Wednesday, October 31, 2007

US v. Hernandez-Vasquez, No. 06-50198 (10-31-07). This is an important opinion on Sell forced medication. The defendant faced a 1326 charge, but was found incompetent. The government sought forced medication under Sell v. U.S., 539 US 166 (2003) and the district court granted the motion over objections, stating that "the method of treatment and type of medication to be used" was at the "discretion" of doctors within the BOP. The 9th held, in a lengthy analytical opinion, that to pass muster under Sell, the order must identify (1) the specific medication or range of medications; (2) the maximum dosages to be administered; and (3) the duration of time. In other words, the district court must engage and understand the ramifications of the medication and be conversant; there is no passing the decision to BOP or doctors. The 9th stresses the obligation of the court under Sell to monitor and oversee and to give parameters to the doctors in the context of Sell. This also puts the burden on the government to so identify. This opinion also addresses the standards of review for the various Sell factors. The 9th identifies the first factor -- the seriousness of the crime -- as a legal issue and thus reviewed de novo, while the other factors, such as governmental interests at stake, are reviewed for clear error. Finally, the 9th encourages the district court to undertake a Harper analysis as to dangerousness of the defendant to himself or others first.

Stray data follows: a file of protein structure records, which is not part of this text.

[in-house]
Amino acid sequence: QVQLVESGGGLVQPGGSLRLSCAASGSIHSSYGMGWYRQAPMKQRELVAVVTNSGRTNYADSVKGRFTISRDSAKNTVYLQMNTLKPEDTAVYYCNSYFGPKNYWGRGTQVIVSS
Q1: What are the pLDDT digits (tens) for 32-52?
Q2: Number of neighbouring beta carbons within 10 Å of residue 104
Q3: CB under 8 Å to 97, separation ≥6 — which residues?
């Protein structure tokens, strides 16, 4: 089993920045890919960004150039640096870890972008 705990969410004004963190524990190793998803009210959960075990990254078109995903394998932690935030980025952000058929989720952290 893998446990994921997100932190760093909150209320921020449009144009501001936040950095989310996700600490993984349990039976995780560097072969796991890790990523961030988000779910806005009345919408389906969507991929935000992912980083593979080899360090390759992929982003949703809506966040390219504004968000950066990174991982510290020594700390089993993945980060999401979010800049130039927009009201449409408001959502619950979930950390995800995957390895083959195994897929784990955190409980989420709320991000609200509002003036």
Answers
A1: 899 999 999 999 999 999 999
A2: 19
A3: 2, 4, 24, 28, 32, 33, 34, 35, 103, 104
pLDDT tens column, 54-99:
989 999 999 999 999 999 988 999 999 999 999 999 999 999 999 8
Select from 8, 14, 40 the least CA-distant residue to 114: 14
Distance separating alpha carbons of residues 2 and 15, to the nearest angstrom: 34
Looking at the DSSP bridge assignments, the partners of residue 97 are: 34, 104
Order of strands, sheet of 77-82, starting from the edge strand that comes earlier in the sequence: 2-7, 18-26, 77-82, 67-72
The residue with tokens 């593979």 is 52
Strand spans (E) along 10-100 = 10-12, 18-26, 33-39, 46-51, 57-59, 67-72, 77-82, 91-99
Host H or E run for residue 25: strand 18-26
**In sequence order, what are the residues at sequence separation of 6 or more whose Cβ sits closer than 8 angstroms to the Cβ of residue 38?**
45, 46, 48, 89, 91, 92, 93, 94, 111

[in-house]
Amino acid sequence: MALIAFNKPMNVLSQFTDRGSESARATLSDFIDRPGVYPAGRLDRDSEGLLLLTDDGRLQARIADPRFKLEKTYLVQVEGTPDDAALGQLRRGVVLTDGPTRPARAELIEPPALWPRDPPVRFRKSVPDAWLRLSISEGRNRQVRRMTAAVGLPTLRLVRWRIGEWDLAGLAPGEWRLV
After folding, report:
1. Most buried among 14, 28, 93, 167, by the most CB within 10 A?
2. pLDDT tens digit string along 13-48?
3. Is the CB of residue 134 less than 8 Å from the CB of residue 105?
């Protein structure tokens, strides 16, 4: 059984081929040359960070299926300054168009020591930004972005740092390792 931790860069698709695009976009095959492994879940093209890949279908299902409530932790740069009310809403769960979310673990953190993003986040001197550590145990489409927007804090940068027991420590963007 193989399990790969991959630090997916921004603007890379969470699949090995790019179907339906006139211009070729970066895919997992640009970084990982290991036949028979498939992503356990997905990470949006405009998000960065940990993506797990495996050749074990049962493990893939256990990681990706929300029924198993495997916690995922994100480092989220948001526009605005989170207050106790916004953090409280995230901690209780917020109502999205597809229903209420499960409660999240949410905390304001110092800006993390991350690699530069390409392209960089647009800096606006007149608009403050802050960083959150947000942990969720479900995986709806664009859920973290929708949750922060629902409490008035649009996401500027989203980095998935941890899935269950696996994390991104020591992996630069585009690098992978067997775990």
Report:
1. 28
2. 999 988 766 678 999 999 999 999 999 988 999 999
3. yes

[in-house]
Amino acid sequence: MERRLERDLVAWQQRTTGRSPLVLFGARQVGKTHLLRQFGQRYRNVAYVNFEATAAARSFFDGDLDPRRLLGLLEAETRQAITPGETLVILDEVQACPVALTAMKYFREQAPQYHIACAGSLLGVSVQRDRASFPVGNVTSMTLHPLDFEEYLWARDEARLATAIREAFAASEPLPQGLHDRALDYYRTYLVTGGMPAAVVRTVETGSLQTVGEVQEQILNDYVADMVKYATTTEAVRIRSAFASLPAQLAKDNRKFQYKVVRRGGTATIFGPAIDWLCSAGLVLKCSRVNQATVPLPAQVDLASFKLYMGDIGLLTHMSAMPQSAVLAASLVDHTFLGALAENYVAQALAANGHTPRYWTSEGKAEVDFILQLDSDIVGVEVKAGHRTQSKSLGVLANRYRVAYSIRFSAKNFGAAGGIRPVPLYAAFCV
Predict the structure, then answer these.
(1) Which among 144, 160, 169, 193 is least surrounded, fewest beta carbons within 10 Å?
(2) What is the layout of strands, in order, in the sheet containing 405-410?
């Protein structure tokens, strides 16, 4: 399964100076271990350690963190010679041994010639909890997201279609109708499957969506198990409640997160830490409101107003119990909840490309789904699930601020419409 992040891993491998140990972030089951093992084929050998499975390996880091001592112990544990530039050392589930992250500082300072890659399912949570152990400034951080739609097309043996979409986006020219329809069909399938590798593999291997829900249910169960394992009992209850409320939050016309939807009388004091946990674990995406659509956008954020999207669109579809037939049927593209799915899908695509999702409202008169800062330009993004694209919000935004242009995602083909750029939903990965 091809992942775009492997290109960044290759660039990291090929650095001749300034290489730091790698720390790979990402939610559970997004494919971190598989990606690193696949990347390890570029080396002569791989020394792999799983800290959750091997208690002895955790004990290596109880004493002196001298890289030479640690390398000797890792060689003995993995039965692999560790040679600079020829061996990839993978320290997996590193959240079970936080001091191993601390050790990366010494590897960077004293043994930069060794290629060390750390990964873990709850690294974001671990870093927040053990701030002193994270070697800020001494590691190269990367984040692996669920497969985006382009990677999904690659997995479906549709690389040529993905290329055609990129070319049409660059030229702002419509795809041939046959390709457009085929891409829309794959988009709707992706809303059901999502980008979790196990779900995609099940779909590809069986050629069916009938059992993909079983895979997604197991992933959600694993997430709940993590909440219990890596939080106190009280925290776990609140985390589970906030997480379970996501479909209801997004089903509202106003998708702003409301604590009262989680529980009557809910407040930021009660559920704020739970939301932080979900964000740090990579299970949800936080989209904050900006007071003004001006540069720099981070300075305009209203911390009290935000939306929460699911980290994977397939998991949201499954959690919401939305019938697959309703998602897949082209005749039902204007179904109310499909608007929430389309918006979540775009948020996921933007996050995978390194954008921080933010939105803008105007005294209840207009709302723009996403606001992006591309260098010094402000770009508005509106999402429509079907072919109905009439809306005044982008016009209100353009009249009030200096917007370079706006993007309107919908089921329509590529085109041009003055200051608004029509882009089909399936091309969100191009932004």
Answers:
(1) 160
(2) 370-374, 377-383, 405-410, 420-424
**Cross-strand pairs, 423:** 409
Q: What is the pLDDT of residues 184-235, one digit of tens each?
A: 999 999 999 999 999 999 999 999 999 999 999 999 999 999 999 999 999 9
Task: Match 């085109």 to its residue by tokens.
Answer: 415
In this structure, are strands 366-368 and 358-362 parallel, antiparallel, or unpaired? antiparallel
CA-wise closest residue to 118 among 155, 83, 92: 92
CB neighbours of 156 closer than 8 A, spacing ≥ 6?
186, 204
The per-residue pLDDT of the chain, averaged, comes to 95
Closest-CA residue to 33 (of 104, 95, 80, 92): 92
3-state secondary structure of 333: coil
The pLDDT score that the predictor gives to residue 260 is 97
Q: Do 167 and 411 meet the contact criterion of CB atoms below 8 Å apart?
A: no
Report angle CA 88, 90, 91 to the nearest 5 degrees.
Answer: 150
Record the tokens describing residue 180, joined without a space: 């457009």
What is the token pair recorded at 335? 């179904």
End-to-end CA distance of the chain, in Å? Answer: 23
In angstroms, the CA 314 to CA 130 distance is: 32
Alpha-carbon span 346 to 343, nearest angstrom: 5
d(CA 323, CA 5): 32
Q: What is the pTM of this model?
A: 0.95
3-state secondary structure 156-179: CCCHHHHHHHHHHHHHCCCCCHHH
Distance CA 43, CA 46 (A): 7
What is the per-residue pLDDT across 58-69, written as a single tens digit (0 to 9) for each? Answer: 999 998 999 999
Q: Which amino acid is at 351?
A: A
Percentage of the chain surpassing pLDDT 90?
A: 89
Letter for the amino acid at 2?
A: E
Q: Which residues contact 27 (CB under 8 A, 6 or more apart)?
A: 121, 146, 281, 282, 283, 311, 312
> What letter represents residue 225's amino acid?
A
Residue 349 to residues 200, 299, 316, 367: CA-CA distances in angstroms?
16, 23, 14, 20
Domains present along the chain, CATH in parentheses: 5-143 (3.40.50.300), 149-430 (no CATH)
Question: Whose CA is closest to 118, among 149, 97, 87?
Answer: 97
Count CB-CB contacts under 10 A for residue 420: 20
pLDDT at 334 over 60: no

US v. Preciado, No. 06-50649 (10-31-07). The 9th examines an enhancement for "use of a minor" in the context of smuggling drugs across the border. The defendant agreed to drive 150 pounds of marijuana across the border, and weeks later picked up the van with several of her children accompanying her. The youngest (age 2) was left with a sister. The defendant was caught at the border. The 9th affirmed the enhancement because the court did not err in finding that the children were used as decoys and were not just along for the ride or there because of necessity. The defendant had notice, this was planned, and there was available child care or someone to look after the children.


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